World’s Least Charitable Country: A 3-Point Plan to Get China Giving

China likes to top lists — world’s tallest observation deck; world’s fastest train; world’s largest population. In October, China topped another list — world’s least charitable country.

The World Giving Index, published by the Charities Aid Foundation, is an annual report that ranks countries based on charity. The Foundation aggregates Gallup World Poll data representing about 95% of the world’s population. In China, pollsters interviewed at least 2,000 different people asking them if in the past month they had: helped a stranger; donated money to charity; or, volunteered time.

· Only 24% had helped a stranger in need. In Iraq, 81% had helped someone.

· In the last month, 6% had given to charity. This is just ahead of war-torn Yemen.

· Just 6% of Chinese had volunteered their time to an organization.

What’s most interesting is that China’s neighbor, Myanmar, ranked as the world’s most charitable country. Although sharing Buddhist ideals, the two are polar opposites in one of the central tenets of the practice. Several scams and historical incidents have led to a huge mistrust of charity in China. While this doesn’t excuse a lack of charity, it at least starts to explain it.

So, what will get the Chinese giving? It all boils down to the experience.

Make giving personal. With rising costs of living throughout much of China, people have a difficult time separating with their hard-earned money. To make them more charitable, giving needs to be personal. It needs to have a direct impact on their life or the lives of those they love.

Social entrepreneurship is a great example of how making giving personal can work. The concept of making money while doing good was foreign not so long ago. Today, China is seeing a boom in social enterprises. It was not that people weren’t charitable. The fact is they needed a means to give back while also putting food on the table for themselves.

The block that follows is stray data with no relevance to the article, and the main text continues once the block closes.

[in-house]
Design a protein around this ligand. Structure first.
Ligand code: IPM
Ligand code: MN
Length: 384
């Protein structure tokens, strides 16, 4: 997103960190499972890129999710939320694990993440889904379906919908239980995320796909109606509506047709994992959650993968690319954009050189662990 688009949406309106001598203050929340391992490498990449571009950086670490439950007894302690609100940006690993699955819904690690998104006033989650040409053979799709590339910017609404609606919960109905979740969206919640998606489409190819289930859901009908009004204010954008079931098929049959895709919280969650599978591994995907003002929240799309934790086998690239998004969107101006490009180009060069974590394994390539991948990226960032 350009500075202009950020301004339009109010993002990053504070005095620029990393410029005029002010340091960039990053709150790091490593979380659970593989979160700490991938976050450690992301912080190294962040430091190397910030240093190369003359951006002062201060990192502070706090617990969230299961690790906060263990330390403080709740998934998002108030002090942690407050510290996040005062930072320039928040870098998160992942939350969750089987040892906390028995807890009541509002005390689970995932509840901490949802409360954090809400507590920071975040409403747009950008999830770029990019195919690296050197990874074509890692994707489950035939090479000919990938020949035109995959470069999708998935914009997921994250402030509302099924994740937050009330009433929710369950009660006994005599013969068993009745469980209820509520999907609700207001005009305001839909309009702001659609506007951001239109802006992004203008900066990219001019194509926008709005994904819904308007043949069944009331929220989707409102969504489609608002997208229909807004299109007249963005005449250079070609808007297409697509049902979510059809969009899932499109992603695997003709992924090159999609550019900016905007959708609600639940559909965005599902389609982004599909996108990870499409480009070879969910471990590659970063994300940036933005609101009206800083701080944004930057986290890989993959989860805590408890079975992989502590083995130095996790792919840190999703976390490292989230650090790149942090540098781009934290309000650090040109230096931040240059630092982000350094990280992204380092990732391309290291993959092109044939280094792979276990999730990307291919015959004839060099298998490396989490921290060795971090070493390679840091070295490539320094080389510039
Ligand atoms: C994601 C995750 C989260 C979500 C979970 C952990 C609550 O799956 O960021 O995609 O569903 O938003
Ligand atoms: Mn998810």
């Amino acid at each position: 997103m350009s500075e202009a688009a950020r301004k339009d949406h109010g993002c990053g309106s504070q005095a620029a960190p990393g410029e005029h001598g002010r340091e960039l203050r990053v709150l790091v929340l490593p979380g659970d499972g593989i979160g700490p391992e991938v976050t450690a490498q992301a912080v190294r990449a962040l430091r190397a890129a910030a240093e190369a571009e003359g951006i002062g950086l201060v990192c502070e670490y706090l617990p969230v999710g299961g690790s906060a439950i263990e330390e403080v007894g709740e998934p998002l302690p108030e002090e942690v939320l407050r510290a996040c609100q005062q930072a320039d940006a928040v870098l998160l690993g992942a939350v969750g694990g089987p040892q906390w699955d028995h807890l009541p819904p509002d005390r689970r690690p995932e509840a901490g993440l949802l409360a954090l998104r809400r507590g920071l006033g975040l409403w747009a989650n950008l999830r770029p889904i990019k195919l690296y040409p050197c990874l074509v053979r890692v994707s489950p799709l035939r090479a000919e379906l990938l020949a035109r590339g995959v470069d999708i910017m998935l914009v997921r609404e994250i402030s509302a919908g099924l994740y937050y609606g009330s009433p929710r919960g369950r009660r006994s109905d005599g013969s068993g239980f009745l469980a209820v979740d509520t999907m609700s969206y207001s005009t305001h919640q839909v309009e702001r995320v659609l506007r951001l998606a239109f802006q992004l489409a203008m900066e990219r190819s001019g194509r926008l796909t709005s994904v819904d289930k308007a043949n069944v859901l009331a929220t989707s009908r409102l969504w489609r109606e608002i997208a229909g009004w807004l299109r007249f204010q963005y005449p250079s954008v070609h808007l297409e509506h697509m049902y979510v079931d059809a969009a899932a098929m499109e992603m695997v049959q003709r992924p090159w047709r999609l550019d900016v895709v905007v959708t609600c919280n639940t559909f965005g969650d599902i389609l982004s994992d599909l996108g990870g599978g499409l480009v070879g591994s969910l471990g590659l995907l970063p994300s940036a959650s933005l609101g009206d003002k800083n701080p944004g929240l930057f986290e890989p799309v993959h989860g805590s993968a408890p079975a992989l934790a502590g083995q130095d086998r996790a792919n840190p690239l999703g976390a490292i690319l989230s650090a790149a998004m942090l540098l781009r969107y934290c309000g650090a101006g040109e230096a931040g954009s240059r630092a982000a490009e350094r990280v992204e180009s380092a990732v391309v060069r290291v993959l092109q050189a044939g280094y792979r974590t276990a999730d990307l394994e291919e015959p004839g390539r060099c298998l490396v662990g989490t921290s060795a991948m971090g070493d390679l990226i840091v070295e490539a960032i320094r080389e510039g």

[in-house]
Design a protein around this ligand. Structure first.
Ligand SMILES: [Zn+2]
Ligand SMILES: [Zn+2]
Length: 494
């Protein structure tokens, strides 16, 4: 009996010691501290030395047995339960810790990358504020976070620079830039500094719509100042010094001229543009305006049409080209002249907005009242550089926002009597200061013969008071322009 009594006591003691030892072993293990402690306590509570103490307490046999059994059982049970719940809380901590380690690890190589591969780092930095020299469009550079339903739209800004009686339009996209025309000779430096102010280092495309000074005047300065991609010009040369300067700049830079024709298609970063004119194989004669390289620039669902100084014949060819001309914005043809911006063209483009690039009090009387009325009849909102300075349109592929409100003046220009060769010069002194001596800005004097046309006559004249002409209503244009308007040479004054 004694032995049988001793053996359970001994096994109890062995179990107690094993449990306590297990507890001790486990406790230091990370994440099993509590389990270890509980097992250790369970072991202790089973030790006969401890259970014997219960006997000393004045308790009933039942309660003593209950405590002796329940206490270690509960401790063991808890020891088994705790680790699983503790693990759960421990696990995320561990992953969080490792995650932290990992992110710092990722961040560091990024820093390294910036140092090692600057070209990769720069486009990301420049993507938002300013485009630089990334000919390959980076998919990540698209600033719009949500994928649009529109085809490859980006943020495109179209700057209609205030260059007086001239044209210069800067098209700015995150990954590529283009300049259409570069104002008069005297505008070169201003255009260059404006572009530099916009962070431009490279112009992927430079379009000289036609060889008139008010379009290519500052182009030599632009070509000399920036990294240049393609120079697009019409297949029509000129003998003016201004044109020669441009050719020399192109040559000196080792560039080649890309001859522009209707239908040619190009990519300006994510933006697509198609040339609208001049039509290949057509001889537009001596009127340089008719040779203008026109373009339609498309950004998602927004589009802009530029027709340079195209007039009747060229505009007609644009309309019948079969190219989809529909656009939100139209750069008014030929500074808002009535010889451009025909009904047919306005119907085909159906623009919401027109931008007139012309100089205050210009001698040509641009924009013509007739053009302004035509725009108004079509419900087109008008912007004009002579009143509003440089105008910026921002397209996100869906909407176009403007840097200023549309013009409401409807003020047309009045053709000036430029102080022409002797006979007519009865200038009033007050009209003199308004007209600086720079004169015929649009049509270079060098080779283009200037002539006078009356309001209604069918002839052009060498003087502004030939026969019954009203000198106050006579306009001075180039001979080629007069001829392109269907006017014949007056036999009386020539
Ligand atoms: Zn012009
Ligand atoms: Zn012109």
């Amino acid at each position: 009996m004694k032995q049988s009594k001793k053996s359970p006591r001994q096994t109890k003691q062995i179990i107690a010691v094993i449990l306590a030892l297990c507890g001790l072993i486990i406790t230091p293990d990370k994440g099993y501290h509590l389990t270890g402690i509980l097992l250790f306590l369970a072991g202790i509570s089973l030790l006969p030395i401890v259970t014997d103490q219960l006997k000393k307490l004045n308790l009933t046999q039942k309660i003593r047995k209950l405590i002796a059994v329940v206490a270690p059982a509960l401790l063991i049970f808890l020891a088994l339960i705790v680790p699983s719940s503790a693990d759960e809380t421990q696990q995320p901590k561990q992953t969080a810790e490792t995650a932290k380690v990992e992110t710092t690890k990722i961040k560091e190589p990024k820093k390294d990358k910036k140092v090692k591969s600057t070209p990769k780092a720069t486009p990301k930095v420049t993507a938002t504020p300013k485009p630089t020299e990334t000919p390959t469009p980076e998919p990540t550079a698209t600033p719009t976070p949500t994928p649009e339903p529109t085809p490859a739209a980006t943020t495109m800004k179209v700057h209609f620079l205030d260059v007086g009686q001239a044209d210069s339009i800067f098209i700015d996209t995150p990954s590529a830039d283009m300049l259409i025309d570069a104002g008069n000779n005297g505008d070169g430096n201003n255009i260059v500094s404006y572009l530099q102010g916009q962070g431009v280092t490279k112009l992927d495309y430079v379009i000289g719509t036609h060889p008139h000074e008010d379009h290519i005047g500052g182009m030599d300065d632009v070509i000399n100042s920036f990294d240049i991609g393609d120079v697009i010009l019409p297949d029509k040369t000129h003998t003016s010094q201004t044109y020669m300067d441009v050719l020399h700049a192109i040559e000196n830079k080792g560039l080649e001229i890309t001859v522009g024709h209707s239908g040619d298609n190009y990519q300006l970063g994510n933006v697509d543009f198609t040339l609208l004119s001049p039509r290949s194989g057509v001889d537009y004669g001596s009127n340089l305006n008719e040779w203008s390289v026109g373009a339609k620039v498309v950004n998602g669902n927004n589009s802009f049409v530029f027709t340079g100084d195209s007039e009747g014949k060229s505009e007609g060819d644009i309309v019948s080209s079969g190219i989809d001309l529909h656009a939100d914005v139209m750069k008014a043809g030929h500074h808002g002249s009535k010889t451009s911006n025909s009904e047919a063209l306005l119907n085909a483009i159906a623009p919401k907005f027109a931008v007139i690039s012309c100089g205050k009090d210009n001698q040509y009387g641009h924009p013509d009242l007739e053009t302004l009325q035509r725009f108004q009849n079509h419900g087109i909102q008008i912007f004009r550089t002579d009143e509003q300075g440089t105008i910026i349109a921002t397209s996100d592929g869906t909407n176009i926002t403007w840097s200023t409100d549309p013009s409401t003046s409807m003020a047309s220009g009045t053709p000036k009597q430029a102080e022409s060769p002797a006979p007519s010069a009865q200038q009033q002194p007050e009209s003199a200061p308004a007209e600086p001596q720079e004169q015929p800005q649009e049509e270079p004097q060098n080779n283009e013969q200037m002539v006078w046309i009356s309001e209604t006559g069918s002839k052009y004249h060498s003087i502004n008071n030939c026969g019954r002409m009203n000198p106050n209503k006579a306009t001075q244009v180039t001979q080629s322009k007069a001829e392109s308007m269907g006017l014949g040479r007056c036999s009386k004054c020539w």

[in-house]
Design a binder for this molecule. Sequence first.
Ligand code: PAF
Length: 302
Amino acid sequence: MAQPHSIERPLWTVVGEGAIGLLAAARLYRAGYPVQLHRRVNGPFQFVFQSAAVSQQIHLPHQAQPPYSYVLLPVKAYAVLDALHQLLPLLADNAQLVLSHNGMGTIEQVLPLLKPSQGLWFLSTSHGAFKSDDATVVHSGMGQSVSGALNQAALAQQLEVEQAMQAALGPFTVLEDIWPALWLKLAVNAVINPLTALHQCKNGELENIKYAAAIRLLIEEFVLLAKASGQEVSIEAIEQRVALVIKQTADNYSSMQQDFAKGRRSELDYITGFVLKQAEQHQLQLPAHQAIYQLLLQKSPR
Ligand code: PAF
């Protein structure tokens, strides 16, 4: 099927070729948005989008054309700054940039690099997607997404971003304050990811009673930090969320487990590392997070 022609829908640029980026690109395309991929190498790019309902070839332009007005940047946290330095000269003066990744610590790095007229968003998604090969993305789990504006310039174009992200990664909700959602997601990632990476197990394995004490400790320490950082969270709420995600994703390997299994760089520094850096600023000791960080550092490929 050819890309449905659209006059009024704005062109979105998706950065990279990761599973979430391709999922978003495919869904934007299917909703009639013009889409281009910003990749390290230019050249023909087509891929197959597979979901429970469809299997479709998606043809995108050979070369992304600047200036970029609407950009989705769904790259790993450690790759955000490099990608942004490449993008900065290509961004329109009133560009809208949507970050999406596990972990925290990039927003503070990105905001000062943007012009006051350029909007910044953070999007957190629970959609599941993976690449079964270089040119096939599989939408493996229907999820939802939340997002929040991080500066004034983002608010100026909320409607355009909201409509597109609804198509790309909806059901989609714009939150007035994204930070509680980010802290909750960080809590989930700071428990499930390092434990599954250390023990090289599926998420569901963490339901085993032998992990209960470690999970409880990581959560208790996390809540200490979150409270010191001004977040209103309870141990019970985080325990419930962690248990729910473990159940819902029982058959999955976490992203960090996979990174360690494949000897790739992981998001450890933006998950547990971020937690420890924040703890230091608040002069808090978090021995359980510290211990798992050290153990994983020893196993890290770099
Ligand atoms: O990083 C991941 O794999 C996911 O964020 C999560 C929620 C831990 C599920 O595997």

Make giving covert. Southpark residents thought they had made it when a new Whole Foods came to town. They stocked up on fresh, organic produce and expensive bath products without even glancing at the price tags. Upon checking out, the cashier made a simple request: “would you like to donate $1 to charity?” Bells and whistles would greet the donor. Guilt and public humiliation would greet the scrooge.

Don’t expect this approach to work in China. To get people to give, they must not feel like they are giving at all.

Many retailers in China are now giving a percentage of proceeds to charitable causes. Without even knowing it, the masses of Chinese consumers are helping out those in need. Making giving covert can also translate into making giving fun. On any given weekend in Shanghai, you’ll notice swarms of people in matching T-shirts racing around the streets. Multinational corporations encourage giving back through scavenger hunts and charity runs. While not the most elegant form of corporate responsibility, they are another example of how to get Chinese to give.

Make giving Chinese. Yes, I understand the irony of me writing this. In the end, though, forcing traditional concepts of charity just may not work. Much like socialism, being charitable can come with Chinese characteristics. A grandstanding philanthropist whose self-bequeathed title is “world’s most charitable person” may not sit well with most of us. If he’s donating huge sums to the needy, though, don’t the means justify the ends? While setting up mega-foundations may seem like a way to launder money, don’t we owe the chairperson the benefit of the doubt?

Underneath all this, there’s still a movement happening here in China. If you dig a little deeper, you’ll see massive numbers of people are indeed charitable. Take the 24% of Chinese who helped a stranger in the past month. Sure, it doesn’t compare to the 81% in Iraq. But, 24% of the Chinese population is still 273 million people. That’s the same number of people as the top 10 helpful countries combined. It’s important that we foster a platform for them to continue their own form of charity and encourage the rest of the Chinese to follow suit.

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